The reason still cameras are not allowed is simply because of the noise from the camera shutters and the placement of the teleprompter. But this policy results in the president having to re-enact part of his address so photographers can take pictures. After Obama’s speech on bin Laden, for example, once the president had finished addressing the nation, he “then re-enacted the walk-out and first 30 seconds of the statement for us,” explained Reuters photographer Jason Reed.
Apart from just being an odd thing to do, this re-enactment goes against the National Press Photographers Association Code of Ethics, which says: “Resist being manipulated by staged photo opportunities.”
Even though this policy has been going on for decades, since Obama’s speech, it has blown up into a huge story, and not just on journalism blogs — we’ve even seen it covered on cable news channels. Perhaps the unexpected public outcry is because, as Poynter found in a survey, 30 of 50 newspaper front pages that used an Obama photo from the speech “implied or strongly suggested it was an image of the live address.”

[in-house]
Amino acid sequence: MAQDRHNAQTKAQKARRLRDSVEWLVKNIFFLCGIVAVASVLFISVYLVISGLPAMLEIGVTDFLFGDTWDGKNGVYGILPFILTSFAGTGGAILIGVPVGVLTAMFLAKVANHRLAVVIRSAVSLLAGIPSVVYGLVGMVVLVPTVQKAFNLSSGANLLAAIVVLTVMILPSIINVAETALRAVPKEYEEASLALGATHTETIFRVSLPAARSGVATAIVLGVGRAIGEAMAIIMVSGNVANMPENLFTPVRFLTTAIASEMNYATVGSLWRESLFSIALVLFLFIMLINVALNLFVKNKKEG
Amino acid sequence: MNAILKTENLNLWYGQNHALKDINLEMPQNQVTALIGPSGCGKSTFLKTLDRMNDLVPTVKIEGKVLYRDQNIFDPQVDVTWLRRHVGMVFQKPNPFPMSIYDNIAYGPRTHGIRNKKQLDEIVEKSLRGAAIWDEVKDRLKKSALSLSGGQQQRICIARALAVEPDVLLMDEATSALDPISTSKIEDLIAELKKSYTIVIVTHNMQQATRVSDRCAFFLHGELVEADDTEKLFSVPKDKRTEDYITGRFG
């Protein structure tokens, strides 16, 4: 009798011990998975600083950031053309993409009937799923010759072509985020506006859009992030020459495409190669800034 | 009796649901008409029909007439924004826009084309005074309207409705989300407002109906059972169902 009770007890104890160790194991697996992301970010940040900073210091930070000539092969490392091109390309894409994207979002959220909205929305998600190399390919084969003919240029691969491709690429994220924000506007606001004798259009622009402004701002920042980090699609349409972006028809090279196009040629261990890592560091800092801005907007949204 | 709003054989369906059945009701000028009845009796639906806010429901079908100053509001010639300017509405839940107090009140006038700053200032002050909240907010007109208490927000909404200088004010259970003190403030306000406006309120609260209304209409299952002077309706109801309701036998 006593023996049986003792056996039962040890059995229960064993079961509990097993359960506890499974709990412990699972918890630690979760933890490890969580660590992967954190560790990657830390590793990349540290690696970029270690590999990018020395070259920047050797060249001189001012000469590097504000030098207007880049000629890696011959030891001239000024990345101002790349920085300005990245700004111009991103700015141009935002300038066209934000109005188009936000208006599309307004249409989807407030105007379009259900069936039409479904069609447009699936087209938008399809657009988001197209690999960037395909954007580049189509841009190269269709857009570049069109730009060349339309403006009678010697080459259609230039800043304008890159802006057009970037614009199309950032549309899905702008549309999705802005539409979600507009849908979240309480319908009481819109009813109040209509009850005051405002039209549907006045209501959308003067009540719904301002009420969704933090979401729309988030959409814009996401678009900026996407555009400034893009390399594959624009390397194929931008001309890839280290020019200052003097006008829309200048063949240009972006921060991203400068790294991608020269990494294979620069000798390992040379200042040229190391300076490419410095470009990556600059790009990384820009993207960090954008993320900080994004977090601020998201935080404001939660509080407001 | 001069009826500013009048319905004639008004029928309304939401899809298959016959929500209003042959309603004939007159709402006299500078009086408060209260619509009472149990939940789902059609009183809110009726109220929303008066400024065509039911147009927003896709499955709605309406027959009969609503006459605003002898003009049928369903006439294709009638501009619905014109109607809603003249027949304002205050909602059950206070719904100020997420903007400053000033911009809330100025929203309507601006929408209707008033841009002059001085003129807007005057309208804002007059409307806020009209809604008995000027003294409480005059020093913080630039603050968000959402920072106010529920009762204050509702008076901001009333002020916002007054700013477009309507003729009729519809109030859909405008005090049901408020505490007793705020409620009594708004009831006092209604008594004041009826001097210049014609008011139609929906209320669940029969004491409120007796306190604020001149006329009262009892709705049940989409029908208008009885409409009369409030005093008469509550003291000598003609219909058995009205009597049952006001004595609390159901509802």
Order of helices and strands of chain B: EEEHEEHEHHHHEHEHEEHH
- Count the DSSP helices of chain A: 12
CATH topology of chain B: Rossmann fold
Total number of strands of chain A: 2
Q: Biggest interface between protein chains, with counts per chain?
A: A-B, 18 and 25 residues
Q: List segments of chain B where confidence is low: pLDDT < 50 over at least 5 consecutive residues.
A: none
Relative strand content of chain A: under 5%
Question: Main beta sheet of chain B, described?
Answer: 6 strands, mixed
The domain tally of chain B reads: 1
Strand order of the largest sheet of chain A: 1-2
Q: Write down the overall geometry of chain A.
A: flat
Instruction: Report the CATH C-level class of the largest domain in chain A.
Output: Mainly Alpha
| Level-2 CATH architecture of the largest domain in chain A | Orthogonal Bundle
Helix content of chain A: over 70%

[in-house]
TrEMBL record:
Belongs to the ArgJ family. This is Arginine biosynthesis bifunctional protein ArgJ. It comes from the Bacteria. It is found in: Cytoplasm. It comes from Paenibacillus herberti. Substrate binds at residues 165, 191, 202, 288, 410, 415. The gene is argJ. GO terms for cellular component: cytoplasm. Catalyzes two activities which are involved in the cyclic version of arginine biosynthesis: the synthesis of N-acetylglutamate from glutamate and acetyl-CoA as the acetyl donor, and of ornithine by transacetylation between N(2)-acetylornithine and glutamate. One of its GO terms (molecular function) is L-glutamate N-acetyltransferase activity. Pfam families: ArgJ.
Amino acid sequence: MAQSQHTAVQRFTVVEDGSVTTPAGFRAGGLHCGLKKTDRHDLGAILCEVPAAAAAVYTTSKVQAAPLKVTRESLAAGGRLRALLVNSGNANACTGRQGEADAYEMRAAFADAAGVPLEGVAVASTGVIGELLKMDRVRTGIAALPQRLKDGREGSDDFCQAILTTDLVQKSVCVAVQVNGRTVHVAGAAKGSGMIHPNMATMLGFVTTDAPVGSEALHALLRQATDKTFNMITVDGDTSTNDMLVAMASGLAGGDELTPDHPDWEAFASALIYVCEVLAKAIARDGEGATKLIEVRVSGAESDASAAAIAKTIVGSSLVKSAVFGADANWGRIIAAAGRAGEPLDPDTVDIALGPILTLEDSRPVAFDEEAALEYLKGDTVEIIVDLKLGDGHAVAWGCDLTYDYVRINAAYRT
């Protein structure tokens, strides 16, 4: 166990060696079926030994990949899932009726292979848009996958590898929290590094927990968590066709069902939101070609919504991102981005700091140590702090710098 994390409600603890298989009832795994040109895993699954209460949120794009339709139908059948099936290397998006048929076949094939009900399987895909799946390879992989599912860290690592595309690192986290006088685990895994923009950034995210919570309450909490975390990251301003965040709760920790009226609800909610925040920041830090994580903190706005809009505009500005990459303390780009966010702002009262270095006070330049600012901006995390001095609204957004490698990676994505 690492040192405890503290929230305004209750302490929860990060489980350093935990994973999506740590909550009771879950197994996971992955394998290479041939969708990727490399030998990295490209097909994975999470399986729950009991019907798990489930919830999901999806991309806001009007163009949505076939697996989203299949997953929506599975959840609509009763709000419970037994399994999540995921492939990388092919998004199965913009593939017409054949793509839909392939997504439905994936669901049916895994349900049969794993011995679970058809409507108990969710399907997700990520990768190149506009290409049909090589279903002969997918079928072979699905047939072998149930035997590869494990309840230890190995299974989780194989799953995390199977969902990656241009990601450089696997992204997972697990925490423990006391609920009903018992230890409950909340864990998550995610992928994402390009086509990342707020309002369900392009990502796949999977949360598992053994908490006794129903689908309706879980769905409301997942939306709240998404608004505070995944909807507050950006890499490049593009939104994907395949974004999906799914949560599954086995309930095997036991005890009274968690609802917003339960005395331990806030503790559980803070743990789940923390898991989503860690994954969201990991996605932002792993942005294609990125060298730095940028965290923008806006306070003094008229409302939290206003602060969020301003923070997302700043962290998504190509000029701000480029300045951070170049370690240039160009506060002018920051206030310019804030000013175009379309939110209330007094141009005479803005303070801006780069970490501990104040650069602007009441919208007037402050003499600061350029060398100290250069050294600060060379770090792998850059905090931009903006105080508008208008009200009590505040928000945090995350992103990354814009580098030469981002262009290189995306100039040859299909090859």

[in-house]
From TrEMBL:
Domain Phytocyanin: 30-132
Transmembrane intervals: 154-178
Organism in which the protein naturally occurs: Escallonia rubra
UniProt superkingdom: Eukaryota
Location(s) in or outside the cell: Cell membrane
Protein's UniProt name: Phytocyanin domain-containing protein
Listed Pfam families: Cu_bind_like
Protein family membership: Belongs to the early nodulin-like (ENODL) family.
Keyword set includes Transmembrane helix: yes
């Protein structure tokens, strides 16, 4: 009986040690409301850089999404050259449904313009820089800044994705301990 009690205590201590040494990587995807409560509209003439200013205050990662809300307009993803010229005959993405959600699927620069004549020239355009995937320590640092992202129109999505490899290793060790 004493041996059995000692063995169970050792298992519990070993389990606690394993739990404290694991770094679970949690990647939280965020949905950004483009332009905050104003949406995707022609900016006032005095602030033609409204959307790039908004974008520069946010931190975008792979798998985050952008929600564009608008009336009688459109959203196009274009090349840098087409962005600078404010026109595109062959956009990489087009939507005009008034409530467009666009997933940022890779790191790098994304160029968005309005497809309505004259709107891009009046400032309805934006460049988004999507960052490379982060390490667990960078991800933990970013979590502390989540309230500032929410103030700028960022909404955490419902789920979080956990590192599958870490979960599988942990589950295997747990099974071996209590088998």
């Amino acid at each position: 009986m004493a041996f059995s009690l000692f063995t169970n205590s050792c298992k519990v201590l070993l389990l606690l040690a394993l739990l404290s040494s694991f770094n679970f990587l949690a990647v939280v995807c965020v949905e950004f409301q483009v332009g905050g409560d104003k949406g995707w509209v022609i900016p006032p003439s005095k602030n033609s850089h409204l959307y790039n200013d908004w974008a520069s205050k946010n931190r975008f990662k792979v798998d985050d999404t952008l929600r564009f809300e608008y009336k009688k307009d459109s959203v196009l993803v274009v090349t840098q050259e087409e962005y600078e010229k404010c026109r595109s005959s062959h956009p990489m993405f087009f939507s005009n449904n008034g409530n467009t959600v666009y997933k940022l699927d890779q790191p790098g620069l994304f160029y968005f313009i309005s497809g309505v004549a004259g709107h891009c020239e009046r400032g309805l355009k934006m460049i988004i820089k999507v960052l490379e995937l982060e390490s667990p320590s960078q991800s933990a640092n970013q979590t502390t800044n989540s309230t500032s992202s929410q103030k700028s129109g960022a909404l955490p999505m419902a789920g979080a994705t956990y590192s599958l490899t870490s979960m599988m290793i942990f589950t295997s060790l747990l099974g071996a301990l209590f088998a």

But really, we think it had more to do with the fact that headlines on this story allowed for the serendipitous combination of the words “Bin Laden,” “Photo,” “Obama,” and “Staged.”
In any event, the White House caved into the demands of the angry public, and now has ended its practice of re-enacting presidential speeches, the Washington Post reports.
“We have concluded that this arrangement is a bad idea,” Obama spokesman Josh Earnest said. For future addresses, the administration is open to working out some new arrangement with photographers. So far, Don Winslow, editor of News Photographer magazine, said the White House offered a pool arrangement, where one photographer would be chosen and would agree to distribute a photo to colleagues, but news organizations rejected this. A new arrangement will be in the works.